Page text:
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Fri, Feb 27, 2009
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S'pore can be muay thai powerhouse

[Photo: Stephan Fox, host of The Contender Asia and former muay thai world champion, was here last weekend to coach 70 Fitness First trainers at Telok Ayer Performing Arts Centre.]

by Kenny Chee

SINGAPORE has what it takes to be a muay thai giant in South-east Asia, said Mr Stephan Fox, host of muay thai reality-television show The Contender Asia.

'Singapore has a good chance at a medal for the South-east Asian Games if its fighters don't get thrown against Thailand's in the first round,' said the German-born, Australia-based presenter, who is also the vice-president of the World Muay Thai Council in Bangkok.

The 45-year-old former muay thai world champion was here last weekend to coach 70 personal trainers from Fitness First gyms in muay thai training techniques.

The Contender Asia, which was first aired in January last year, cemented Mr Fox's respect for Singapore's talent.

'Kim Khan Zaki represented Singapore...and (he) showed that the country is up there with the best after beating Croat Zidov Dominik,' said Mr Fox. Zaki had lost to Zidov in Contender Asia's seventh episode because of a shoulder injury, but beat the Croat in five rounds during a rematch in the show's finale.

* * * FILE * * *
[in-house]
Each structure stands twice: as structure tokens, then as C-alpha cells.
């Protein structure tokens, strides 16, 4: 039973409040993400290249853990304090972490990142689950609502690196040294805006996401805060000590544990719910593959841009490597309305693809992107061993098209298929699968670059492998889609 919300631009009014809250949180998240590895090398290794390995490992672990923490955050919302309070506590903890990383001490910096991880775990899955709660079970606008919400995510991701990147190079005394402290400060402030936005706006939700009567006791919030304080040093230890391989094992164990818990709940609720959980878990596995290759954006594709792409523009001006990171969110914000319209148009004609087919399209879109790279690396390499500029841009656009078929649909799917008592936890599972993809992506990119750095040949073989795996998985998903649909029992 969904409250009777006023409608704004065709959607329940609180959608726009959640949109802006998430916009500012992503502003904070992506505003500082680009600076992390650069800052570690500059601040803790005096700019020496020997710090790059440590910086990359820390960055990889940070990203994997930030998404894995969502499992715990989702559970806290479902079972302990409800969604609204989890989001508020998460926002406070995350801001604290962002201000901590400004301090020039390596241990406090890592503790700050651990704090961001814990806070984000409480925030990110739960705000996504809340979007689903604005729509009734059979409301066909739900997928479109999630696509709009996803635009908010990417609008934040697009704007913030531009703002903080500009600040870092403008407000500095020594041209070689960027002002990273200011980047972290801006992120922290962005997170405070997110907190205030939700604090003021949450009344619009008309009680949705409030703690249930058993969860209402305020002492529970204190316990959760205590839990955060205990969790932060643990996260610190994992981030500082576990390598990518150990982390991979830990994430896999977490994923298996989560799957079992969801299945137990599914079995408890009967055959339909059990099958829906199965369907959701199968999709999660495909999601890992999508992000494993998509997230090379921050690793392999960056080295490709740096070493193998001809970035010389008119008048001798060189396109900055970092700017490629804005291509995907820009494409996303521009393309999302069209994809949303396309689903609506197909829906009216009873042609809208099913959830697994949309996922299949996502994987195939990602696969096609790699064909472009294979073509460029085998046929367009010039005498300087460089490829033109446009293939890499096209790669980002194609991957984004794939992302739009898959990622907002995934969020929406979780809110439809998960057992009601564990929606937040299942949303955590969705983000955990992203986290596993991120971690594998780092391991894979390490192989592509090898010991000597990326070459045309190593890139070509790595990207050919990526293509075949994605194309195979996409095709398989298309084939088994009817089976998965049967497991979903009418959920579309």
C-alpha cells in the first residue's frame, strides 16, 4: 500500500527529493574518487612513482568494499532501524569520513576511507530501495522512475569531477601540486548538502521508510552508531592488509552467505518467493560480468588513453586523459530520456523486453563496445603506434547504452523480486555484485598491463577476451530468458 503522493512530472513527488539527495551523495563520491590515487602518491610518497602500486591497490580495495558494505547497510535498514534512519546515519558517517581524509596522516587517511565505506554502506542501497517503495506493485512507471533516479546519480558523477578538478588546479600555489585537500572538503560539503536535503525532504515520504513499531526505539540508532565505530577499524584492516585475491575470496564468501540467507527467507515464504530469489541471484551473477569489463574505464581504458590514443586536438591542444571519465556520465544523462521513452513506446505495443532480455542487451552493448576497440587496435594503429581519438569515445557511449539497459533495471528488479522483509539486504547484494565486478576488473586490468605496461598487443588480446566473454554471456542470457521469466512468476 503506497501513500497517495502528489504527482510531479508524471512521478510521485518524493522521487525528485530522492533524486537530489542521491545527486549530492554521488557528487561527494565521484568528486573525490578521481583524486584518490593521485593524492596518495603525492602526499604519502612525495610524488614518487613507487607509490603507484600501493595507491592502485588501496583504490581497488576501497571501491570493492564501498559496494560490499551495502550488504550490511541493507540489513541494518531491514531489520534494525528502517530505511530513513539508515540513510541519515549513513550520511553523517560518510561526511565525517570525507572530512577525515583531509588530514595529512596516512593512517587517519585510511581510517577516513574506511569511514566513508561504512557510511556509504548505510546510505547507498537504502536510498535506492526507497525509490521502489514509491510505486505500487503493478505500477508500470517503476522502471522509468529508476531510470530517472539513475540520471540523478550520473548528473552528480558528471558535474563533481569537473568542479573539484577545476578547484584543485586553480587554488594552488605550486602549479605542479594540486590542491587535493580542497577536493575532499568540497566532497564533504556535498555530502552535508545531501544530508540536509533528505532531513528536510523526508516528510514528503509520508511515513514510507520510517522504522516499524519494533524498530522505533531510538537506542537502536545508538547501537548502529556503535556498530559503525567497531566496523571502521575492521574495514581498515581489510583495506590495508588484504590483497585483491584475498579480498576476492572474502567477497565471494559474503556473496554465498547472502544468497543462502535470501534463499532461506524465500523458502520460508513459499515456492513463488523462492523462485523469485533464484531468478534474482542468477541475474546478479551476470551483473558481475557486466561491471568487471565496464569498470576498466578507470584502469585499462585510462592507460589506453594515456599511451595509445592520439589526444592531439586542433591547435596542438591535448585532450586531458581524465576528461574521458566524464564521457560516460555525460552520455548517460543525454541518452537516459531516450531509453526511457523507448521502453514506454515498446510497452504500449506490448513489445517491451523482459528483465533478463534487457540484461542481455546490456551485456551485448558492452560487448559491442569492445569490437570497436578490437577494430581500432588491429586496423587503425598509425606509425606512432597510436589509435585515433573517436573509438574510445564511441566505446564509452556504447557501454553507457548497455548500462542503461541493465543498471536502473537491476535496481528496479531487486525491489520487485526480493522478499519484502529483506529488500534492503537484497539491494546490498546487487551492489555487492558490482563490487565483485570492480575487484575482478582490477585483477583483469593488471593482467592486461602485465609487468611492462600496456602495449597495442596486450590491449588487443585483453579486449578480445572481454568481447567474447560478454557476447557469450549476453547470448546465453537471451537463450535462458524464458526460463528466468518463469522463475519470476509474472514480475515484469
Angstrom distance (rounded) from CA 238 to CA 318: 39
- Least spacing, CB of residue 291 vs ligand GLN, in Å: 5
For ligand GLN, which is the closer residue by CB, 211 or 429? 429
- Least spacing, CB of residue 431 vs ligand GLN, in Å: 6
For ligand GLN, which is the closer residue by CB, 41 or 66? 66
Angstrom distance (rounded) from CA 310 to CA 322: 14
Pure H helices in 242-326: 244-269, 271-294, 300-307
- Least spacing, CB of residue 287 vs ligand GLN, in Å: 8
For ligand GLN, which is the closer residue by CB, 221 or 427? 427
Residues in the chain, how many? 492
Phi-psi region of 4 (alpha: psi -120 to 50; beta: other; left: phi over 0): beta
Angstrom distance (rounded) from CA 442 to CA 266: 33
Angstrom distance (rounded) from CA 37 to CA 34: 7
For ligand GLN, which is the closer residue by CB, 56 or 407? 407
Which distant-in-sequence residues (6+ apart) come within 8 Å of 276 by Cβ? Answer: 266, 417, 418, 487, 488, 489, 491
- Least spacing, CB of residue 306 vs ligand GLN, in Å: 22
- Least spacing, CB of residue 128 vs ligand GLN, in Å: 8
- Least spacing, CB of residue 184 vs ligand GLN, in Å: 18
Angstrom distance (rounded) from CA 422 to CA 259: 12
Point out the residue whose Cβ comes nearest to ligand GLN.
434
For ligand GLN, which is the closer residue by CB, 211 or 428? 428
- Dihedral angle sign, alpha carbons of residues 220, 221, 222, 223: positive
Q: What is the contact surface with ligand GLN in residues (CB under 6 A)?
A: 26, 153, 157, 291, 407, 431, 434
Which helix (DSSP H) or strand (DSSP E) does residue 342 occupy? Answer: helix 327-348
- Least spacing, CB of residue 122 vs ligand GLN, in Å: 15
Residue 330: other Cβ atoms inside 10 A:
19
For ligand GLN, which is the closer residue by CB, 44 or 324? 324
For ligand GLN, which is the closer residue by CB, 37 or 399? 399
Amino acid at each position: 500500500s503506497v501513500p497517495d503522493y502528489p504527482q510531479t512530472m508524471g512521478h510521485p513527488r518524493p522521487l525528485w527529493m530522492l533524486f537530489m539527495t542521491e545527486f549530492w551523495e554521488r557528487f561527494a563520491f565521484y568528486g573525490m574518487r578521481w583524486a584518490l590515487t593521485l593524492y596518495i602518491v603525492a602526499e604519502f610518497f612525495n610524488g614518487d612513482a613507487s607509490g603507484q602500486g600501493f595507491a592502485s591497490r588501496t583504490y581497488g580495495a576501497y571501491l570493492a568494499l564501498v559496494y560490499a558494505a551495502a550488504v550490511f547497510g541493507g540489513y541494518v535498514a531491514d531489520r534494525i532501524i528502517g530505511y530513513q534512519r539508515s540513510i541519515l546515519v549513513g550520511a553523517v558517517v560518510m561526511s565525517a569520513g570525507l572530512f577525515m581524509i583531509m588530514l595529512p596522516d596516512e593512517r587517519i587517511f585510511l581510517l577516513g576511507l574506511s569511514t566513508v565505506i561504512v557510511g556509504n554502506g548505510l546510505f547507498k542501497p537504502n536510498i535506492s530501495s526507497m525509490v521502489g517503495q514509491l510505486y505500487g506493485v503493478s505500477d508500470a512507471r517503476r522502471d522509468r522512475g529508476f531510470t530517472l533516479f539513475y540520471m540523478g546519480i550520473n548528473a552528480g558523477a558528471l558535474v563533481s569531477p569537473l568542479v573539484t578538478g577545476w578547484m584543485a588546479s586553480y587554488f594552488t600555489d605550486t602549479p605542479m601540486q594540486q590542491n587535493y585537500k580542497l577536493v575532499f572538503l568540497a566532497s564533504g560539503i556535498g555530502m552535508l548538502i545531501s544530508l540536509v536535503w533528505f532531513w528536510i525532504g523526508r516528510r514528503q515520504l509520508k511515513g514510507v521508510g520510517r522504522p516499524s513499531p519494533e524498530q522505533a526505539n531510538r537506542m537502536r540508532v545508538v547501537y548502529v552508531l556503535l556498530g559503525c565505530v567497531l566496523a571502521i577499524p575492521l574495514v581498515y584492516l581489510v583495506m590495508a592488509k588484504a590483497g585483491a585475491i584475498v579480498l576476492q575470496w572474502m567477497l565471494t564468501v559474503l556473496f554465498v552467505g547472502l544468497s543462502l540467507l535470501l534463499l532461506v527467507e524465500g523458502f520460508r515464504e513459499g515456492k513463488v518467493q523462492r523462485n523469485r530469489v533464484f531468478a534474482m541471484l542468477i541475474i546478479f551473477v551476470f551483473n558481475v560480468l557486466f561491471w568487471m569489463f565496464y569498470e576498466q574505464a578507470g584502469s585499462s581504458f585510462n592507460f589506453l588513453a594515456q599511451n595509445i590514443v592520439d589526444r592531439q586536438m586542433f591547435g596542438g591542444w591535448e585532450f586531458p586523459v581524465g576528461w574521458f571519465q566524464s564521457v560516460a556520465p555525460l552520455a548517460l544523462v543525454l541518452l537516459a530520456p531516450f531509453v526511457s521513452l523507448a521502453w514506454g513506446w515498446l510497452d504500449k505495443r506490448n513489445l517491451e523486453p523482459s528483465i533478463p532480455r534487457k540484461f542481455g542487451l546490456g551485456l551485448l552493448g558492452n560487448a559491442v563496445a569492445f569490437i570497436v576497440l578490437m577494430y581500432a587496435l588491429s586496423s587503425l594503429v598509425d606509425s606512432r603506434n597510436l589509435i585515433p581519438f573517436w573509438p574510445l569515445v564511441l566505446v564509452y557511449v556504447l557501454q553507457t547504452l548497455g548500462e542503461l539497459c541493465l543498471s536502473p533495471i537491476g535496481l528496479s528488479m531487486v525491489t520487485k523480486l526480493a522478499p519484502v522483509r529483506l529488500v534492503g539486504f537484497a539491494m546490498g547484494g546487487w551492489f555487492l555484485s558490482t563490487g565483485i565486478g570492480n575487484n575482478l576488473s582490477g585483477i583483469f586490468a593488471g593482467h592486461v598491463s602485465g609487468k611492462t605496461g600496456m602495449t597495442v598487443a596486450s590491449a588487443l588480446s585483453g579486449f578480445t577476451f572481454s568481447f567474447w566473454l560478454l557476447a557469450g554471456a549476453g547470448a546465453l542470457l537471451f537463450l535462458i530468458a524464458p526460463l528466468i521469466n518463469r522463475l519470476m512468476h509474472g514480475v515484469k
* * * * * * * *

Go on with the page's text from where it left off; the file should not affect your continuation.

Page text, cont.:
Yodsaenklai Fairtex, a Thai fighter, eventually took the grand prize.

Mr Fox noted that Singapore is one of the fastest-growing countries in the world when it comes to muay thai.

'Singaporeans love the muay thai tradition, the martial-arts background and the hard workout. They love to compete,' he said.

Indeed, Fitness First said it saw a 10 per cent increase in members taking up muay thai pad-work training after The Contender Asia aired. Mr Fox is set to host the show's next season, which is expected to air in May or June.

The finals will be held in Malaysia and qualifiers for the show's fighters are already ongoing. He promises fighters of even higher calibre, competing for more prize money (he declined to reveal the exact amount).

In Season One, the prize money was US$250,000 (S$384,000).


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